Tuesday, December 18, 2012

Sympathy for the Devil


Jim Butcher once wrote, "No one is an unjust villain in his own mind." I believe those words, and I keep that maxim in mind as I write. I don't believe heroes or villains ever really define themselves as such. Humans are too complicated for that — and characters are, too.

When I was writing THE DAMAGE DONE, the character who most embodied this complexity to me was Tariq Lawrence. The book's protagonist, Lily Moore is forced to deal with Tariq, her sister's longtime on-again, off-again lover, as she searches for her sister. Of all the characters in the novel, Tariq is the one who truly gets under Lily's skin, making her question her own impulses and her willingness to do things she knows are wrong in the name of ultimately doing what's right.

Their conflict comes to a head after Lily and Tariq go to Long Island to, ah, talk to a woman who may be connected to the disappearance ("talk" is definitely a euphemism here). Afterwards, Lily believes that she sees Tariq for what he is: a villain willing to do anything to get what he wants:
Tariq and I didn’t speak for most of the drive back to the city. Just before the driver took us into the Midtown Tunnel, Tariq spoke. “Are you so appalled that you cannot even look at me anymore?”
I watched his reflection in the window. “Why did you kill that woman in Claudia’s apartment on New Year’s Eve?”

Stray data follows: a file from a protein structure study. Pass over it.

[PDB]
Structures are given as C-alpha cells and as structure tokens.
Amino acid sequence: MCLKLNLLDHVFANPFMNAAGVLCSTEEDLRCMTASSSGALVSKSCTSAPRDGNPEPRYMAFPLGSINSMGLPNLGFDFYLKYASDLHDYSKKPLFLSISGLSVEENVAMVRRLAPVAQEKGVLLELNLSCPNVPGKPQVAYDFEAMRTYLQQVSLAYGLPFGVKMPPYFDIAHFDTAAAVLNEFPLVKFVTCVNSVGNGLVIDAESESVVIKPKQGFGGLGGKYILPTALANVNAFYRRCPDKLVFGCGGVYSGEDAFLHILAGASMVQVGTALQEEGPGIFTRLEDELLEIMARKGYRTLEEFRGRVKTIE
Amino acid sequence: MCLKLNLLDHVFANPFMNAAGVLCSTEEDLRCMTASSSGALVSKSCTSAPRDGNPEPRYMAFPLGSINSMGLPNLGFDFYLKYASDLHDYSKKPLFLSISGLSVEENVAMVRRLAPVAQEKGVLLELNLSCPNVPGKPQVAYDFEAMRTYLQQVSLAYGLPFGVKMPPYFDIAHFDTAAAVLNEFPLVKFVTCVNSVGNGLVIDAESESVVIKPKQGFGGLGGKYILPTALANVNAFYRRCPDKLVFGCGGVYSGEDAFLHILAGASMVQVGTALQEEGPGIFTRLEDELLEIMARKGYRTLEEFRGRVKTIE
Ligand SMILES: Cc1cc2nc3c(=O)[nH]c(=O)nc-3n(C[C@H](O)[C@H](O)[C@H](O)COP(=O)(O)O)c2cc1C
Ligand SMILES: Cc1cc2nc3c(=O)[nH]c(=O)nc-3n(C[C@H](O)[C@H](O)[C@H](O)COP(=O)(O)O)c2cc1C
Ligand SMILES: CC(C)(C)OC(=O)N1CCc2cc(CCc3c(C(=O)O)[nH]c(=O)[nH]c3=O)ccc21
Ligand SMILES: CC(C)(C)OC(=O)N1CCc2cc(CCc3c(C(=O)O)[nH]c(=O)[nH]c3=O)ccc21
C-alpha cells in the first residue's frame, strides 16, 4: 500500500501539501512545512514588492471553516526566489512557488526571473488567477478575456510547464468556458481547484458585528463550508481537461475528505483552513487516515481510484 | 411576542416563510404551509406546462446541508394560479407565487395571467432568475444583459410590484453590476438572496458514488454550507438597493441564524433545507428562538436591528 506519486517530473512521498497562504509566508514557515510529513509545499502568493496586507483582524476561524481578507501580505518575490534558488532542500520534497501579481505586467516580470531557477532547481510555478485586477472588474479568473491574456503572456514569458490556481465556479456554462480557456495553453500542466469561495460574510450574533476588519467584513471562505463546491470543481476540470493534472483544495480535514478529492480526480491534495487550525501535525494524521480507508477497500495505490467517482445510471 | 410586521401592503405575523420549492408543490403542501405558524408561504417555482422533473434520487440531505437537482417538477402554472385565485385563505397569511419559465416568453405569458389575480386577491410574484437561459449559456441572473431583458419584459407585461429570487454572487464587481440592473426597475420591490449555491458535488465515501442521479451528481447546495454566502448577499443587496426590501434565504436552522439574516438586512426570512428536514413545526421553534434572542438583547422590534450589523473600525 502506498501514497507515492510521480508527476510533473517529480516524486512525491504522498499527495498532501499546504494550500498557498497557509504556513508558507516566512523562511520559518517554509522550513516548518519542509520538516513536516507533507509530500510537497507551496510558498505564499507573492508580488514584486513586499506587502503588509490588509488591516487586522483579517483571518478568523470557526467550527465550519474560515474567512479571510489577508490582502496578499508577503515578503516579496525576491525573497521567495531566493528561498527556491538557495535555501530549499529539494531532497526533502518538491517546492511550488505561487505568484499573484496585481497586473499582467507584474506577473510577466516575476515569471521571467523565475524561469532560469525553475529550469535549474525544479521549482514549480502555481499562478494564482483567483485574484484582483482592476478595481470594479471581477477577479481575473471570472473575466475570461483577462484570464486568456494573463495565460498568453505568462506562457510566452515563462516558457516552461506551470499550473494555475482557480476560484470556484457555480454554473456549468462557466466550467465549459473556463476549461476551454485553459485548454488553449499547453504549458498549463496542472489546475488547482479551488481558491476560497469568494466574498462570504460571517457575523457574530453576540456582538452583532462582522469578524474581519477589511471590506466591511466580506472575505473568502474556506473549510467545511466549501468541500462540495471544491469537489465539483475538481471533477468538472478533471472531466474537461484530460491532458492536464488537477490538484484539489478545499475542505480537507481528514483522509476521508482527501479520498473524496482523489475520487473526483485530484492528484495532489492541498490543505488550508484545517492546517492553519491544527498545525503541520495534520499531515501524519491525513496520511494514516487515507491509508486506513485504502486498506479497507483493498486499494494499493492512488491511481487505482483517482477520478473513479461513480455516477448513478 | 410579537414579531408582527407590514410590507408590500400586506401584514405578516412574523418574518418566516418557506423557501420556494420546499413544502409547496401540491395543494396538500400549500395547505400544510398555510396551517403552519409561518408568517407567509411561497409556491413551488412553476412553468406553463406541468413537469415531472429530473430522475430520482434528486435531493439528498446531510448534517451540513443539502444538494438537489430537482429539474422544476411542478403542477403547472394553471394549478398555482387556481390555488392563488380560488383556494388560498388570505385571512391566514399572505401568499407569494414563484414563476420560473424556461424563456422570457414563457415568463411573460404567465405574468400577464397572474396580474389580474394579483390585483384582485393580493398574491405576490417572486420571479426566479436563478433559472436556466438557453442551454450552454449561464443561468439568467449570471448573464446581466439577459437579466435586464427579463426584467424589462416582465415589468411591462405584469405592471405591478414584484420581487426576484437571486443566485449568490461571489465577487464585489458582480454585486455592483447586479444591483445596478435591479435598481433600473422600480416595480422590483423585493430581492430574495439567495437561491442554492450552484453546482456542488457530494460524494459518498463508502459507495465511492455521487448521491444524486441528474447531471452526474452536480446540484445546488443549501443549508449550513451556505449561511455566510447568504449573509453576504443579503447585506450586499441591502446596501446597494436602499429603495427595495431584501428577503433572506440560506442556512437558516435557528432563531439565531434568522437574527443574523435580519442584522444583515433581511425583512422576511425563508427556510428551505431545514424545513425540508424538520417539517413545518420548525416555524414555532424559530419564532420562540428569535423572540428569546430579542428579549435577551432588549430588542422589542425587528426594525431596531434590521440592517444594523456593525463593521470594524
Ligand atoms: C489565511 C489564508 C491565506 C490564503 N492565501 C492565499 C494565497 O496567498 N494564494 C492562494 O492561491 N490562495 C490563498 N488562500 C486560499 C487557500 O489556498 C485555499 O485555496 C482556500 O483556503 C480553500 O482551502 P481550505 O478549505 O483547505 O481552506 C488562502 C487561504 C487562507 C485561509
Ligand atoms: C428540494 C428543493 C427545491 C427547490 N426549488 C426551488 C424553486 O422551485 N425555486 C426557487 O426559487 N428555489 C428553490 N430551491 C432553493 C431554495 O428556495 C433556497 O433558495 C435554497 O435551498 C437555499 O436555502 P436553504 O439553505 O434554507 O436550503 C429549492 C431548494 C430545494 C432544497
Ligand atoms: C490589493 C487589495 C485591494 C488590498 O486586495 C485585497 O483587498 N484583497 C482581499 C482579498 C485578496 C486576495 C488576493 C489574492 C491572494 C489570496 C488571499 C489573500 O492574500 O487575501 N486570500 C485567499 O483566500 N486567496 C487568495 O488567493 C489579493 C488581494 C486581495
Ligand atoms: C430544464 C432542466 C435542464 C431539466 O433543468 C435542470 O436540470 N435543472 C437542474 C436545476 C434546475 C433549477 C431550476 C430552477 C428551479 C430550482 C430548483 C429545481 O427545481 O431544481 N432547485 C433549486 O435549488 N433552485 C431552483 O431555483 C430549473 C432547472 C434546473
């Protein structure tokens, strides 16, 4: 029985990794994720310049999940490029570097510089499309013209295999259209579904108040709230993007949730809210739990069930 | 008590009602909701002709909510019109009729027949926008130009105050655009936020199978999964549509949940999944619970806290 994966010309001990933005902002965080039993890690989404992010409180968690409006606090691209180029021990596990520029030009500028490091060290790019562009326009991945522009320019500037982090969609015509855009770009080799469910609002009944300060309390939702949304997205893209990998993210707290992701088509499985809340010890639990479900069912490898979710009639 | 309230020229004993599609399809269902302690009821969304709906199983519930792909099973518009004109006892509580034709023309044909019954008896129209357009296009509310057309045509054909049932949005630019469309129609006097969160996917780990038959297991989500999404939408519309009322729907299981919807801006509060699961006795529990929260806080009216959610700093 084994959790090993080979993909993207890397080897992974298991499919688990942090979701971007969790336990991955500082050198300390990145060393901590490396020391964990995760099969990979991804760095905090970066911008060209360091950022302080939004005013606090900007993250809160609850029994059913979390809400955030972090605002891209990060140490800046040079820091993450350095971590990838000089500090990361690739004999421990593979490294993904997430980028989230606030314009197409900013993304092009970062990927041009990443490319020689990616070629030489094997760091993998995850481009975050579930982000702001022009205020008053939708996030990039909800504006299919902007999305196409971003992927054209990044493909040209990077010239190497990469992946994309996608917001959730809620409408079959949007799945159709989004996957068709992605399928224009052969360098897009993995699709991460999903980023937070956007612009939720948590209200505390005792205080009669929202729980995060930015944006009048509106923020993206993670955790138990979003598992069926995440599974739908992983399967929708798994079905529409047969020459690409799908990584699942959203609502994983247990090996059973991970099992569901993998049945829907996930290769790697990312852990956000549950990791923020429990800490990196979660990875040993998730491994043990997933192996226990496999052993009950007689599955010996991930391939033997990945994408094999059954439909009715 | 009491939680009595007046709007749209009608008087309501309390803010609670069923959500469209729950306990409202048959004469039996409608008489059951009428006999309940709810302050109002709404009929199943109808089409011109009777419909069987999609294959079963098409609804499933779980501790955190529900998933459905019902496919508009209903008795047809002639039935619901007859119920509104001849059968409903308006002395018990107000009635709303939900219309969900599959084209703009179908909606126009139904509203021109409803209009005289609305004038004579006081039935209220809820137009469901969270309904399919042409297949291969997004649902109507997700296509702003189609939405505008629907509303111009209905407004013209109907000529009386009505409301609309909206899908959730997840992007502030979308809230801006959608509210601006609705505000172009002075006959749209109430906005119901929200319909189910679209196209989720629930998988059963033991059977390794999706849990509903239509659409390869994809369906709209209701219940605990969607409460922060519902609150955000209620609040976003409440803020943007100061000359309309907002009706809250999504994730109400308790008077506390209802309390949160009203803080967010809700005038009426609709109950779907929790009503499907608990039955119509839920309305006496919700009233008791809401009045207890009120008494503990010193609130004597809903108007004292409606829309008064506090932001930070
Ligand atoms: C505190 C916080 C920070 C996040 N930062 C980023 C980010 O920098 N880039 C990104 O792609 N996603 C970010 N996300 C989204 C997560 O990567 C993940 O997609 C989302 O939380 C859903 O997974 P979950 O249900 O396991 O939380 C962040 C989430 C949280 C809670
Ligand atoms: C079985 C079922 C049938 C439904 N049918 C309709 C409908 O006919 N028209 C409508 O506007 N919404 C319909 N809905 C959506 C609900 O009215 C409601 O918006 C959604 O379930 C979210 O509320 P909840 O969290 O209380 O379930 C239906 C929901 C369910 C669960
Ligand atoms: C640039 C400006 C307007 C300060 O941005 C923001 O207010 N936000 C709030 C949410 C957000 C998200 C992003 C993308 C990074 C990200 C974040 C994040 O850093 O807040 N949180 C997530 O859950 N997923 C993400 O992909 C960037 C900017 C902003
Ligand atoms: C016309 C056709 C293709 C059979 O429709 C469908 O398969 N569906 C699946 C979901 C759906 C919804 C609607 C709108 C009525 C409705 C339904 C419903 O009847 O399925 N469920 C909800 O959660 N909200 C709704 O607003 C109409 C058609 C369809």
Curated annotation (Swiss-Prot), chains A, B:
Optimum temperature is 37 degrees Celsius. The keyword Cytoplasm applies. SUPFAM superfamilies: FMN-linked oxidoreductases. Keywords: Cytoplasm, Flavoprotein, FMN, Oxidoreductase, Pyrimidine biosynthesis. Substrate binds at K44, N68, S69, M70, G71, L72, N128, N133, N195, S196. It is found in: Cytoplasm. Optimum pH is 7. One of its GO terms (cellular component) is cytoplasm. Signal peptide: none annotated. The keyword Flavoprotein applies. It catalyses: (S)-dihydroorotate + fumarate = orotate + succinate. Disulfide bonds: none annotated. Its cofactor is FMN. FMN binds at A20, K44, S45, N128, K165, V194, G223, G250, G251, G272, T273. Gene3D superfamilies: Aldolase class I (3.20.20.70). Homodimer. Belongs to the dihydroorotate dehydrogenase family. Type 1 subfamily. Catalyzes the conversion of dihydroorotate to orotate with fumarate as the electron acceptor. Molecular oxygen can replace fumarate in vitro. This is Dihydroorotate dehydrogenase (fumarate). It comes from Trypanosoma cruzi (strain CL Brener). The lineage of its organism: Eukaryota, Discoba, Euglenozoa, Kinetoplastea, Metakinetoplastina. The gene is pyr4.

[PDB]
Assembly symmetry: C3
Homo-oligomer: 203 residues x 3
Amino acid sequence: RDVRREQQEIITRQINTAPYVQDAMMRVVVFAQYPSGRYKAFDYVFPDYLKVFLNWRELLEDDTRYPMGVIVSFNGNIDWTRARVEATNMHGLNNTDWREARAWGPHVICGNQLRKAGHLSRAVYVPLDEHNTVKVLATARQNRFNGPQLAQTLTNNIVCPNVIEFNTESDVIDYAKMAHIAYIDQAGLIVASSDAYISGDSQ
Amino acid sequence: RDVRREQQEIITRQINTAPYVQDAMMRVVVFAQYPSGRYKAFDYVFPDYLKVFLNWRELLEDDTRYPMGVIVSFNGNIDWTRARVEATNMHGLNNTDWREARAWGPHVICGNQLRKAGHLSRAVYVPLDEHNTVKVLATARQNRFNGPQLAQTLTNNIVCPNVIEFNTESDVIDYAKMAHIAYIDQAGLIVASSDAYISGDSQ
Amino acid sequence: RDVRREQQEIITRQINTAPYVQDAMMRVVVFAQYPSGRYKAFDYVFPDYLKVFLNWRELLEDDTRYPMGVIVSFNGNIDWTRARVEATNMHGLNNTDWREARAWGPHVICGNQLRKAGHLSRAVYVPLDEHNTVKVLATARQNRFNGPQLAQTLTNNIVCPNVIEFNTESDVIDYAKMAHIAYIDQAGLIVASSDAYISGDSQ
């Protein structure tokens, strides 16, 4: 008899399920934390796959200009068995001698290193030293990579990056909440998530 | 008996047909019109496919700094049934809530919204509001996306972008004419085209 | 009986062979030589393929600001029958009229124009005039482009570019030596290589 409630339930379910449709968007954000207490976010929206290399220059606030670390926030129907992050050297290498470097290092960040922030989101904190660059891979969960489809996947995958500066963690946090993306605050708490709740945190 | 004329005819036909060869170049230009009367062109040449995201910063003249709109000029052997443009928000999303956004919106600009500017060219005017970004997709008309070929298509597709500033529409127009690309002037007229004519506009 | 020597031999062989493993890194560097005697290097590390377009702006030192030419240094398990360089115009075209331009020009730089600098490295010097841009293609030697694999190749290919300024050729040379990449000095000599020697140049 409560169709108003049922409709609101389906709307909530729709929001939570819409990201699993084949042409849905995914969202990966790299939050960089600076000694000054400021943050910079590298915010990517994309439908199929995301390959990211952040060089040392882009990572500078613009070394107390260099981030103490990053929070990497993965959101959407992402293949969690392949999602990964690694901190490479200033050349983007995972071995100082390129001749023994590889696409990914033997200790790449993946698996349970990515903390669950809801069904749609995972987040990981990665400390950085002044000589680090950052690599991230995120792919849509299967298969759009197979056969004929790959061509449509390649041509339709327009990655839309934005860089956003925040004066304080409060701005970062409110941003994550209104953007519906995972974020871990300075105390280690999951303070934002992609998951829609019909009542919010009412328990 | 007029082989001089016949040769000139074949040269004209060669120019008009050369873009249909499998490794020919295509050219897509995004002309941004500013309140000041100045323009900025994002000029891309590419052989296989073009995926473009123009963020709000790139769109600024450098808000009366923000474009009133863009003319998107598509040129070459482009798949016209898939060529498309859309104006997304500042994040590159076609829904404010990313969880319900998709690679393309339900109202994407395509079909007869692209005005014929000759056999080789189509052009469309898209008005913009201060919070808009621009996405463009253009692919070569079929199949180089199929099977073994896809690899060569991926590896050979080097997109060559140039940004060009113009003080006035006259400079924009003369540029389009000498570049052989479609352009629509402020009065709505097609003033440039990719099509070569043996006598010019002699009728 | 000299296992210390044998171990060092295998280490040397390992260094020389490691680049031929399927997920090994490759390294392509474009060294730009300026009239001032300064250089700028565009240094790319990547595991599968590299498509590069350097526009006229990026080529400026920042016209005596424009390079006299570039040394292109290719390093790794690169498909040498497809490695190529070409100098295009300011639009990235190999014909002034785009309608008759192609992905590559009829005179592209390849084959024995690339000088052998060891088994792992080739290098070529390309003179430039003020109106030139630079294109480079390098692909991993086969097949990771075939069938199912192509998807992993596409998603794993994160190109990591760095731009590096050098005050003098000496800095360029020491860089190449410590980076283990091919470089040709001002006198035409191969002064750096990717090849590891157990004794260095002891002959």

In the glass I saw his full mouth tighten into an angry line. “Now you think that I murdered her?”
“I’ve just seen you in action. I know how far you’ll go to find Claudia. You’d kill anyone who got in your way. It may have been an accident,” I remembered what Bruxton had said about the woman’s weakened heart, “but it was you.”
“How could I do that, Lily? I was out of the country.”
“Maybe you had one of your thugs do the dirty work. To make it look like she killed herself.” I turned to look him in the eye.
“That is really what you think?” He watched me, the reflection of the tunnel lights shimmering in his eyes like ghosts. It was uncomfortably intimate to sit next to him, the knowledge of what we’d both just done hanging in the air between us. “I suppose I cannot blame you, but I promise you, I do my own dirty work.”
“You’ve killed people,” I blurted out before I could censor myself. “Claudia told me.”
“Did she?” His voice was quiet but flat, without any trace of emotion. “Did she tell you the reason why?”
“No.”
“Anyone in this world could kill, in the right set of circumstances. The question is, what circumstances?” I didn’t answer, and Tariq went on. “For profit? For passion? For revenge? To protect those whom you love? Tell me, Lily, are all of those reasons equivalent to you?”

Tariq's question to Lily reverberates throughout the book. So many of the characters in THE DAMAGE DONE do the wrong thing for what they believe are the right reasons. Every character has their justifications for what they do. Even if they're filled with regret afterwards, they tell themselves they had the right reasons at the time. None of the villains in the book — and there are several — look in the mirror and see themselves for what they are. But, then again, neither do the heroes.  

1 comment:

Rob Brunet said...

I like this, Hilary. You reminded me of a much tamer bit of criminality that I'll have to write up, about a friend's confession that he and his pals broke into our cottage one winter, for kicks -- which made perfect sense from his perspective, even if they would have targeted a different address had he known it was ours.